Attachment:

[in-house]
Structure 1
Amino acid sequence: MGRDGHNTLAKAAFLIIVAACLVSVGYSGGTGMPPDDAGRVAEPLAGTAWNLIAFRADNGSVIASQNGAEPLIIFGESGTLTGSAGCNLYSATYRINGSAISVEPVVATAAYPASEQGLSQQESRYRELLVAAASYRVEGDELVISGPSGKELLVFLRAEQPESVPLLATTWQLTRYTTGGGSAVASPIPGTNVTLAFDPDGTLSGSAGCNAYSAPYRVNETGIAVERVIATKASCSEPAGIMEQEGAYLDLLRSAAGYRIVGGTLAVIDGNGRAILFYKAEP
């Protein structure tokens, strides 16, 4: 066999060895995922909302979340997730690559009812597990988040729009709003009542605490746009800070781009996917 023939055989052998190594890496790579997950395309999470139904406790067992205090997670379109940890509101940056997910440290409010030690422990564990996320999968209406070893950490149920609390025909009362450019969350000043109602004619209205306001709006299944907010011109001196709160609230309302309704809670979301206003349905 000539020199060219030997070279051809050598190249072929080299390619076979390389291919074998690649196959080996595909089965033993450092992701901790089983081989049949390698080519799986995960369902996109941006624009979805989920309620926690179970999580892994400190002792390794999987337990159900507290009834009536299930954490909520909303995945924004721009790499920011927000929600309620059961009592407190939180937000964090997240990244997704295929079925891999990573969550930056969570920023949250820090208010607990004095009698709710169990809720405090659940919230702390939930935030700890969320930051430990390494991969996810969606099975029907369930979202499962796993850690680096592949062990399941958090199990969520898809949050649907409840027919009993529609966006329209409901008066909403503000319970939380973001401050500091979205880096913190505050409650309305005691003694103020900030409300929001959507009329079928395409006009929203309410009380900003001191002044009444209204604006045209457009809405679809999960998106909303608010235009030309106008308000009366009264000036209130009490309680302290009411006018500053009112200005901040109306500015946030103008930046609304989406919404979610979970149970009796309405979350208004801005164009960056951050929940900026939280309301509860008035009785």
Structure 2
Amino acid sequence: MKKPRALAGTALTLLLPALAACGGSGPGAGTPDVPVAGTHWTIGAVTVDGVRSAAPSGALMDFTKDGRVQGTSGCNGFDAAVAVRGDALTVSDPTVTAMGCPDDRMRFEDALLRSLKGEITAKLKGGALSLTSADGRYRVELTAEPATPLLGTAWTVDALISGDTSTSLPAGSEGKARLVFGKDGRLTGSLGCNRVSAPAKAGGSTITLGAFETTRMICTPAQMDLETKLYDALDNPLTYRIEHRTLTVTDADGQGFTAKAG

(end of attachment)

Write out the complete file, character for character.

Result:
[in-house]
Structure 1
Amino acid sequence: MGRDGHNTLAKAAFLIIVAACLVSVGYSGGTGMPPDDAGRVAEPLAGTAWNLIAFRADNGSVIASQNGAEPLIIFGESGTLTGSAGCNLYSATYRINGSAISVEPVVATAAYPASEQGLSQQESRYRELLVAAASYRVEGDELVISGPSGKELLVFLRAEQPESVPLLATTWQLTRYTTGGGSAVASPIPGTNVTLAFDPDGTLSGSAGCNAYSAPYRVNETGIAVERVIATKASCSEPAGIMEQEGAYLDLLRSAAGYRIVGGTLAVIDGNGRAILFYKAEP
């Protein structure tokens, strides 16, 4: 066999060895995922909302979340997730690559009812597990988040729009709003009542605490746009800070781009996917 023939055989052998190594890496790579997950395309999470139904406790067992205090997670379109940890509101940056997910440290409010030690422990564990996320999968209406070893950490149920609390025909009362450019969350000043109602004619209205306001709006299944907010011109001196709160609230309302309704809670979301206003349905 000539020199060219030997070279051809050598190249072929080299390619076979390389291919074998690649196959080996595909089965033993450092992701901790089983081989049949390698080519799986995960369902996109941006624009979805989920309620926690179970999580892994400190002792390794999987337990159900507290009834009536299930954490909520909303995945924004721009790499920011927000929600309620059961009592407190939180937000964090997240990244997704295929079925891999990573969550930056969570920023949250820090208010607990004095009698709710169990809720405090659940919230702390939930935030700890969320930051430990390494991969996810969606099975029907369930979202499962796993850690680096592949062990399941958090199990969520898809949050649907409840027919009993529609966006329209409901008066909403503000319970939380973001401050500091979205880096913190505050409650309305005691003694103020900030409300929001959507009329079928395409006009929203309410009380900003001191002044009444209204604006045209457009809405679809999960998106909303608010235009030309106008308000009366009264000036209130009490309680302290009411006018500053009112200005901040109306500015946030103008930046609304989406919404979610979970149970009796309405979350208004801005164009960056951050929940900026939280309301509860008035009785």
Structure 2
Amino acid sequence: MKKPRALAGTALTLLLPALAACGGSGPGAGTPDVPVAGTHWTIGAVTVDGVRSAAPSGALMDFTKDGRVQGTSGCNGFDAAVAVRGDALTVSDPTVTAMGCPDDRMRFEDALLRSLKGEITAKLKGGALSLTSADGRYRVELTAEPATPLLGTAWTVDALISGDTSTSLPAGSEGKARLVFGKDGRLTGSLGCNRVSAPAKAGGSTITLGAFETTRMICTPAQMDLETKLYDALDNPLTYRIEHRTLTVTDADGQGFTAKAG